Some perennials needed to be divided, but she was too worn out for that. They’d grow or die off—survival of the fittest didn’t only apply to creatures with teeth and feet. And she’d resigned herself decades ago to just flinging her bulbs willy-nilly. The leaves would cover them in a few weeks, and she’d consider them planted!

She sighed at the grass stains on her knees as autumn bellowed and rattled the gate. Tuckered out, Mrs. N made the same deal with herself that she made every year. Screw it. Time for some fun.

With renewed vigor, she rummaged through her shed. Autumn… autumn was for artists, and Mrs. N was the top of her class, a master, even better than that Dutch guy. Autumn was where she shined. It was messy and creative, a free-for-all celebration after the endless toil of summer.

She lugged her cans of color into the sunlight, all the ones she’d restocked last winter, including an array of scarlets and golds, pumpkin and vermillion, a touch of eggplant and jay blue. With a rusty screwdriver, she popped off the lids.

After swigging down three bottles of hard cider, she did some stretches to limber up. A bit tipsy, she threw open the gate and let autumn burst into the yard. The two of them twirled through her garden in a drunken dance, giggling and snorting and splattering color with fat brushes until the place was a messy, vibrant masterpiece.

With a satisfied yawn, Mrs. N settled into her lawn chair, content to let autumn fling the last drops from the cans. She put her feet up and admired their work. When autumn too wore herself out and disappeared through the gate, as she always did, Mrs. N snuggled under her white blanket and dreamed about spring.

***

Thanks to Sue Vincent for the colorful autumn #Writephoto prompt.

I’m on the road again with sketchy internet. I hope you enjoy and will respond to comments and return visits as soon as I’m able. Enjoy!

 

Caught #Writephoto

photo from Sue Vincent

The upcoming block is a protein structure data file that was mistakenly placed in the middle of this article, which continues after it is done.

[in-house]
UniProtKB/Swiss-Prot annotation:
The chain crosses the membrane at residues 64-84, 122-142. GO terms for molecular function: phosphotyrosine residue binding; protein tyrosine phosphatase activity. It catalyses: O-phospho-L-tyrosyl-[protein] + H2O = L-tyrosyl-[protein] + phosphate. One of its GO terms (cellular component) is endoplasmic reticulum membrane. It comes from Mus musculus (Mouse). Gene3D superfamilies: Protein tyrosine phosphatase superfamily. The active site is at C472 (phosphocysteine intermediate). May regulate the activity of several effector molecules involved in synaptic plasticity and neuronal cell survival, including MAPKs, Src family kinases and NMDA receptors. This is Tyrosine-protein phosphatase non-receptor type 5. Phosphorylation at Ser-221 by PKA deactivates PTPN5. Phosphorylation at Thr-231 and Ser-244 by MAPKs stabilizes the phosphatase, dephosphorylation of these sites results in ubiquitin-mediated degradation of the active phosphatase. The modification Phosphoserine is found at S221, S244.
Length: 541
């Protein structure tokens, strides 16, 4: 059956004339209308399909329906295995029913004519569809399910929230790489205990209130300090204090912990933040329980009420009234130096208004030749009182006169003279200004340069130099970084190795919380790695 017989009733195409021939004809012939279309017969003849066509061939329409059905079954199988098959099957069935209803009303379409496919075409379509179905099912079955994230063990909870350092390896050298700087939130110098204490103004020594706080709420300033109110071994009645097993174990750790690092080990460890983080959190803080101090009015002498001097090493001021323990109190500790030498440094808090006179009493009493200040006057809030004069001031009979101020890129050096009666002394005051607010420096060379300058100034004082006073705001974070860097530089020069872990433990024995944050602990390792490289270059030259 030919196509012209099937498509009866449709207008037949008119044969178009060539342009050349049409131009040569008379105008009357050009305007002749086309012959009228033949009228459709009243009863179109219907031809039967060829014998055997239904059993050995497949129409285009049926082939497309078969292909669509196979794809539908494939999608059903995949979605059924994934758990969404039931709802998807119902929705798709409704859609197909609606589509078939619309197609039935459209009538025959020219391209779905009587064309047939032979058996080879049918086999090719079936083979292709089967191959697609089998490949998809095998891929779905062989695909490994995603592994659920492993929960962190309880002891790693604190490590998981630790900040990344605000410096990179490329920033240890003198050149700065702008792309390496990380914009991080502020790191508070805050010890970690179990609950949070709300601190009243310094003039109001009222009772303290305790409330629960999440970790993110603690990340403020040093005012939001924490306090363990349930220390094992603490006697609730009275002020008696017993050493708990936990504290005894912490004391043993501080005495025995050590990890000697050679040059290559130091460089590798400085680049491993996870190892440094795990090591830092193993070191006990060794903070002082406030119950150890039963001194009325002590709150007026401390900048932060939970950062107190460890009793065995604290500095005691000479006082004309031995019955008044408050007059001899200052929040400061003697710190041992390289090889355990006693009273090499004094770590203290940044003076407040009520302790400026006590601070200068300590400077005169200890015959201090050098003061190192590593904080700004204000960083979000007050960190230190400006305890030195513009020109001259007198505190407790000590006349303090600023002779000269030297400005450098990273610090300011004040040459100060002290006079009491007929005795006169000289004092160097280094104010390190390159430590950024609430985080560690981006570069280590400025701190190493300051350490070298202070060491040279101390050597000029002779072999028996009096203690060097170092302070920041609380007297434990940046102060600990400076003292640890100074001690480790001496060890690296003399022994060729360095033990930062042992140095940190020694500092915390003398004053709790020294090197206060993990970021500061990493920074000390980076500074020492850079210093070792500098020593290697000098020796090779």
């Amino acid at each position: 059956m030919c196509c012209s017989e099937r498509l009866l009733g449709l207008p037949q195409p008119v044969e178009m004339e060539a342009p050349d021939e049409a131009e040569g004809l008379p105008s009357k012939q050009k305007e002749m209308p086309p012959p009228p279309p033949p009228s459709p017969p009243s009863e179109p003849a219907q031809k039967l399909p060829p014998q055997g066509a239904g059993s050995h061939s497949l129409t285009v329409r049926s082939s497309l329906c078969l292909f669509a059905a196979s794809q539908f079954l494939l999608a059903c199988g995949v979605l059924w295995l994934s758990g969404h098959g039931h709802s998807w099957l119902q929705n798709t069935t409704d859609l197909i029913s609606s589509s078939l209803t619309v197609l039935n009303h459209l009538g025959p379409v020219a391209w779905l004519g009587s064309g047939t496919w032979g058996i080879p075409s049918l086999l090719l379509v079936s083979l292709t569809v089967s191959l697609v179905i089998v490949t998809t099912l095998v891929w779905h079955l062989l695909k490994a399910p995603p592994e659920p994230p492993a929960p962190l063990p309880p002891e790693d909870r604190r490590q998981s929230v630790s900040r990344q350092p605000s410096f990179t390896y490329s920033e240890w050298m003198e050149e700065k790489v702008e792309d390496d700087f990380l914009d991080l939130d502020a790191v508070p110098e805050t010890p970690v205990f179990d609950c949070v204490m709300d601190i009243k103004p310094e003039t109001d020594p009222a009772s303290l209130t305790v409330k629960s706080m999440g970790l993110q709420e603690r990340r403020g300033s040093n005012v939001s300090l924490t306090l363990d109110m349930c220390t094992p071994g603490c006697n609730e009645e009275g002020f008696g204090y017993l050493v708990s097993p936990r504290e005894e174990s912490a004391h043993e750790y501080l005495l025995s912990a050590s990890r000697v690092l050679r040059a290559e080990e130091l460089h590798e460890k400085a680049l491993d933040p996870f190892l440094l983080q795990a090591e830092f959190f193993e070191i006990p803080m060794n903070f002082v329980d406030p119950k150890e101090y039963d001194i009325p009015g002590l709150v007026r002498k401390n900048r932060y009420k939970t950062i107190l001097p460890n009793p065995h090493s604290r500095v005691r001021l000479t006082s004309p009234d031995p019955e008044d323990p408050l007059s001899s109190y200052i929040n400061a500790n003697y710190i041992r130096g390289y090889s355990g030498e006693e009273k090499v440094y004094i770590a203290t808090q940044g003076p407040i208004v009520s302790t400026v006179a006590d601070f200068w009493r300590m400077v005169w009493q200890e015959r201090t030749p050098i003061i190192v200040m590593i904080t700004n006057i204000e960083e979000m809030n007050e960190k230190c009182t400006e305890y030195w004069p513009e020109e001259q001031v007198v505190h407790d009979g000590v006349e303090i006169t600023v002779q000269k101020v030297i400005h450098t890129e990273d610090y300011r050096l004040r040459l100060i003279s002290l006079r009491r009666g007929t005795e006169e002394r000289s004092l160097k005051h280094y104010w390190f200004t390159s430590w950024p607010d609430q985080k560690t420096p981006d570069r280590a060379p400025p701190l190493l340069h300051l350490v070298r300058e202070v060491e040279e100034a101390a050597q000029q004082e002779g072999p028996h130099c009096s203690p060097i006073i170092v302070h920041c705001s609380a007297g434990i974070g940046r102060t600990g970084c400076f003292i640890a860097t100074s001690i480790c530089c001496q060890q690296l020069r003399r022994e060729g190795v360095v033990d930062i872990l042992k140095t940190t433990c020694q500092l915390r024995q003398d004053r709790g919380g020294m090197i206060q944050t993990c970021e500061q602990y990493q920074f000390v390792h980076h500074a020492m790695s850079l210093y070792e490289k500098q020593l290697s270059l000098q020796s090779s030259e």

She is bruised on the outside.

Broken on the inside.

And her feet stretch up over her head into the air as the swing reaches the height of its arc. Bare toes blot the daylight rustling through the canopy, and the sun winks through a hole in a tree. A kaleidoscope of light sparkles across her eyes, a vision of angels, a flash and gone.

The swing descends, legs bend, and she leans in, sailing backward.

Long ago, her father had shimmied along the high branch to knot the ropes. When he’d loved her. As a father. As a child.

The ancient maple creaks beneath her weight as she flies forward. Its branch bends and lifts. A rhythm, steady as a heartbeat, slinging her so high that for a moment she is weightless, suspended in green, stretched long, head back, the world upside down, crazy and dangerous.

Then the inevitable fall. The curl inward and backward into another opening, a weightless inhale.

These trees once gathered her dreams. When she was whole among them, a wisp and wish of the world in girl form. She belonged. They are unchanged, sheltering, safeguarding, inviting her to swing. Only she is different. The swing rushes down, catches her, and propels her forward and up. The sun flares through the tree’s round eye.

She lets go of the ropes and flies into the light, a flash and gone.

***

This is a piece of fiction is in response to Sue Vincent’s Thursday #Writephoto prompt

Summit – #Writephoto

#writephoto image: Sue Vincent